I think the fact that the NDE actually happened to me after I wrote about it years earlier is very unusual but the entire picture of the book is much more than that. The conversations with atheists and Christians produced a very interesting picture of how people seem to be threatened by small things as the word “spirit” or “devout” or that the illusion of what they perceive is so righteous as to completely cut off any and all other possibilities when faced with the real facts of what religions are based in: myth. I say that not to fan the fires of those who have taken that leap of faith so vehemently, I say it because it is true and I prove it. That being said, no one who is steadfast in their thoughts is going to budge, regardless of the facts of the matter. That is where the wars start with such thought. Ideologies that do not bend usually end up being fought by warring factions of different ideologies as we have around the world today. Whose God is the only supreme God … does this matter when there is no empirical or scientific evidence whatsoever to prove the existence of any God? And then the first sword came down and the blood poured forth. It never ends and if the human race is to evolve, we need to get past this violence that gets us nowhere and begin to understand that love trumps over all these ideologies and put all of this nonsense to rest.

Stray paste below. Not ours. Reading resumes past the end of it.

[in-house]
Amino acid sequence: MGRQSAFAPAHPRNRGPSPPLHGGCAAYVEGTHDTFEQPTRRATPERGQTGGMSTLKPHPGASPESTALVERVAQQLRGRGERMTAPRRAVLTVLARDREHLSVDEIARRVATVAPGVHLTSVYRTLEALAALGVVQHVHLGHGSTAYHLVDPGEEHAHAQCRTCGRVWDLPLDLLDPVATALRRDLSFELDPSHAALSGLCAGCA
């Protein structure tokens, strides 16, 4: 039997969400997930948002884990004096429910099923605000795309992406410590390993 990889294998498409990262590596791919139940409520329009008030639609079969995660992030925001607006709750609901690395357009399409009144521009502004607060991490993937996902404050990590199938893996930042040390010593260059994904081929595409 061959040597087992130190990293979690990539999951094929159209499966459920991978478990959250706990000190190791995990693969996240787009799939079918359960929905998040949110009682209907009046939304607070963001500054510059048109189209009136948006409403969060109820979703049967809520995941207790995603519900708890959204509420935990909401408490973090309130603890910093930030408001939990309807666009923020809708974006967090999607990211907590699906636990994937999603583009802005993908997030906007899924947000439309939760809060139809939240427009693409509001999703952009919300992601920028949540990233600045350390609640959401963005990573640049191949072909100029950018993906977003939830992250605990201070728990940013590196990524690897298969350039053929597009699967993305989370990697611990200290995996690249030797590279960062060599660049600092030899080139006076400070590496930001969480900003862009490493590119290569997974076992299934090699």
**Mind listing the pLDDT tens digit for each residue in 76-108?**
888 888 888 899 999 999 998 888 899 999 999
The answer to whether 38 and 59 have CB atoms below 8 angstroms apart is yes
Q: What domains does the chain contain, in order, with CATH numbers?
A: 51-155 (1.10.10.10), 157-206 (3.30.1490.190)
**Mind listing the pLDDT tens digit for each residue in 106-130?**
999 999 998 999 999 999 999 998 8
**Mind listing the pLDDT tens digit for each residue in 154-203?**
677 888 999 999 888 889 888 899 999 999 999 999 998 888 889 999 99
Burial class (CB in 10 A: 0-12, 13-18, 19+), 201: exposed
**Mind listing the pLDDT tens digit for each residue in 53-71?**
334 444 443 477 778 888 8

Q. Can you tell us what important benefits that people will receive from your book?

Don’t you think that if people would wake up and realize that life is so short that they could put aside their differences and follow the Golden Rule and just do unto others as they would have done unto themselves? “If” is the key word in this question. “If” is a small word with huge implications. One of the quotes I use in the beginning of my book is from Star Trek II. “How we deal with death is at least as important as how we deal with life, wouldn’t you say?” Most would not say, as they fear the unknown, no matter how imminent it is going to be and allow that fear to seep through in myriad ways that are not healthy or good for society as a whole.

Another primary reason for writing this book was to try and create a bridge for people of different spiritual beliefs (or none) to come together and understand that each has their own path. For example, if we take away any possibility for life after flesh, does it make any difference in how one acts in this dimension? If one is an atheist or a Christian should they not act to make the choice for the betterment of society as a whole?